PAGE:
The New Canal Lighthouse resembles a house. The rebuilt lighthouse sits atop pilings to prevent storm surges like the one caused by Hurricane Katrina. The lighthouse was restored by the Lake Pontchartrain Basin Foundation in 2012.
Enjoy a boat ride, explore the grounds and climb the Hillsboro Lighthouse in Pompano Beach, Florida. Join the Hillsboro Lighthouse Society’s National Lighthouse Day celebration on Saturday, August 11.
The Hillsboro Lighthouse first illuminated on March 7, 1907, completed the chain of lights which extended from Jupiter Inlet to the Torguas. The lighthouse, also called “Big Diamond” is unique. With of a beam of 28 nautical miles, it is has the strongest light beam of all US lighthouses. It has been on the National Register of Historic Places since 1978.
The shuttle to the lighthouse sails in the morning at 8:15, 9:00, 9:45, 10:30 and 11:15. Pay $35 for day or purchase yearlong membership for the same price. For more information, visit Hillsboro Lighthouse.
According to the Navy League, no industry has been more vital to the economy of the United States than that of America’s maritime industry. Lighthouses was once the cornerstone of maritime industry.
For the month of August, I will be celebrating National Lighthouse Day with discounts on my lighthouse art at the boutique store Made in Jax at the Jacksonville International Airport.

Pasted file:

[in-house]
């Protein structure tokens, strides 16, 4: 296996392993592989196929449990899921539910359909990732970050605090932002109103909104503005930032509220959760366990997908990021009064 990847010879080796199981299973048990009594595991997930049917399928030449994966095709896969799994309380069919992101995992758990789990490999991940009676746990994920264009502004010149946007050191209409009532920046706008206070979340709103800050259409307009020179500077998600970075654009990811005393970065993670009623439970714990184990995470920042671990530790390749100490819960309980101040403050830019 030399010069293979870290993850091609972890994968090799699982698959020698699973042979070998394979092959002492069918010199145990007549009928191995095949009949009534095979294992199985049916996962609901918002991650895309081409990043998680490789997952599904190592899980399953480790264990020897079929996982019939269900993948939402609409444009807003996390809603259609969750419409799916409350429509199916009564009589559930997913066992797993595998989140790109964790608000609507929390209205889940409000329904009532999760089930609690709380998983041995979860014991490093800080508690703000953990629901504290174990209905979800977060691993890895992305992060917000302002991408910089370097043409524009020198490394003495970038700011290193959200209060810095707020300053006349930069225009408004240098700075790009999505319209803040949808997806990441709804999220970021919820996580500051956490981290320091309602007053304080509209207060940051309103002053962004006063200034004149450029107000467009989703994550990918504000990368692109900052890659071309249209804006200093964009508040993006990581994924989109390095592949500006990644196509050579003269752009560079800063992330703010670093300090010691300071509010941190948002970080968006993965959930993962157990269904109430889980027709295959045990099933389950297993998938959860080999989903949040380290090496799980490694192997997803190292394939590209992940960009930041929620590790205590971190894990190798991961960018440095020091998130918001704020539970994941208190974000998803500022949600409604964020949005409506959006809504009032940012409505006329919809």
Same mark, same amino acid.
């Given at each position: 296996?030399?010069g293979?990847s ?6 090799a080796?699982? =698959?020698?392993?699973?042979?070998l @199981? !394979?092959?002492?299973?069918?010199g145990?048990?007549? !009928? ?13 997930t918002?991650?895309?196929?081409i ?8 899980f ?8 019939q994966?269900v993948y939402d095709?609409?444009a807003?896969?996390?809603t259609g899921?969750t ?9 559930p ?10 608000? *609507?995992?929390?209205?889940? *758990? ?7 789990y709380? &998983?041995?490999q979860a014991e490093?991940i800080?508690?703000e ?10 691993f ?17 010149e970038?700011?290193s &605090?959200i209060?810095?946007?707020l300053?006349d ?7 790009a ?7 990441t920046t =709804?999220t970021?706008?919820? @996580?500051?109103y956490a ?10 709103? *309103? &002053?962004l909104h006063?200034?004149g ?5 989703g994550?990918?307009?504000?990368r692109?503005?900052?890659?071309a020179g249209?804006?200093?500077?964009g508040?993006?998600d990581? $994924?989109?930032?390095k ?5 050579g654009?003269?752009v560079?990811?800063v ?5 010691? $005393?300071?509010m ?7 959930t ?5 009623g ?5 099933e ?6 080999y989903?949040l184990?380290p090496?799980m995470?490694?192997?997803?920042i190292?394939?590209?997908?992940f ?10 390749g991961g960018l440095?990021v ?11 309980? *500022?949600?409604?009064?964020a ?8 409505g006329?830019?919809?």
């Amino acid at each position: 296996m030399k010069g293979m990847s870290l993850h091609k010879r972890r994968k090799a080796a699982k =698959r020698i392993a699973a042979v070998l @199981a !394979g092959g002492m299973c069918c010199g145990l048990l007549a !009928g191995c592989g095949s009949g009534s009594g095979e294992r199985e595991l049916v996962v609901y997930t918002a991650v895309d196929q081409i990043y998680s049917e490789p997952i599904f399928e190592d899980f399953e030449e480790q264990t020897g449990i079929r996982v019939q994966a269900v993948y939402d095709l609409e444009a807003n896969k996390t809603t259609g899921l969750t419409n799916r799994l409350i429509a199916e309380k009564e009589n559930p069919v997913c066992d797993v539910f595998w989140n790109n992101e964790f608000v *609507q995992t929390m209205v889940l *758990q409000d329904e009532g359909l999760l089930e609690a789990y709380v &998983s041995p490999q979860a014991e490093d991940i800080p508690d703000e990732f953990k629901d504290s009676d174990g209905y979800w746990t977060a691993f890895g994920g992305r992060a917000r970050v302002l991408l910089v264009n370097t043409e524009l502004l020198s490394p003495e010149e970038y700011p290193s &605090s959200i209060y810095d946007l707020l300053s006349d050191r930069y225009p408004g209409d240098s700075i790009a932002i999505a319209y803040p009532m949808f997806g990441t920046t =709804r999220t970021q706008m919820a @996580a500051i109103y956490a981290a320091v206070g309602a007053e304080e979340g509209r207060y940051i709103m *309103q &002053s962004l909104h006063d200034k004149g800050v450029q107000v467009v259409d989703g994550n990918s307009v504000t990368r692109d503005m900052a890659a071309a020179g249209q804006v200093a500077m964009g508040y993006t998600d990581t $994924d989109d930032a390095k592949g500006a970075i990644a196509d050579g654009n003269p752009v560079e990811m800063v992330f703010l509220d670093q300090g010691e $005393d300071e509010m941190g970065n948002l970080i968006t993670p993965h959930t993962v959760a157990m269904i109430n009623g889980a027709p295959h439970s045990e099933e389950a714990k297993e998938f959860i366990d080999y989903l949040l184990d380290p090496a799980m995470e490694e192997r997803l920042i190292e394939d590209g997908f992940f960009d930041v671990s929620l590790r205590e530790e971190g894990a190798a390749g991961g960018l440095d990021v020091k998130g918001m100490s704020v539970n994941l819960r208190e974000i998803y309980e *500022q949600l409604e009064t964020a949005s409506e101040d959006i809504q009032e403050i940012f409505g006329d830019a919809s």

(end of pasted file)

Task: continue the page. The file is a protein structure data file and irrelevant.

Save big on my Gliclee prints at the airport. Gliclee (zhee-KLAY) is a museum quality investment that uses acid free watercolor paper, and pigment based archival inks. This insures that Gliclees never fade, degrade or yellow. Unlike a print that may fade, a 6 color ink jet process ensures a Gliclee retains its original luster.
Granted Nantucket is known as an upscale resort with pricey hotels. The visitors read like a who’s who list from Fortune 500. Despite of all the pricey obstacles, I was lured by the four lighthouses. I was also intrigued about staying at a historic building. Star of the Sea Hostel in Nantucket was once a Life Saving Station. It had been a part of the United States Life Saving Service.
I admit to being reluctant about staying at this hostel. I mean I didn’t know to expect when I booked two nights for $80. That wasn’t exactly the going rate in Nantucket. Yet, I recalled saving a bundle of cash and being happy when I stayed at the dorms at historic Trinity College in Dublin, Ireland and Suffolk University in Boston. But a dorm with 32 bunk beds didn’t seem very inviting. I wondered about privacy and the bathrooms.
But the excitement of staying where the Keepers would look for shipwrecks was persuasive. There are steps to the lookou in the women’s dorm where I would be sleeping. I finally voted in favor of the lookout, lighthouses and my pocketbook when I read all the positive reviews.
Once I checked into the hostel all my concerns evaporated. The furnishings were modern and well kept. The bathroom had a private door.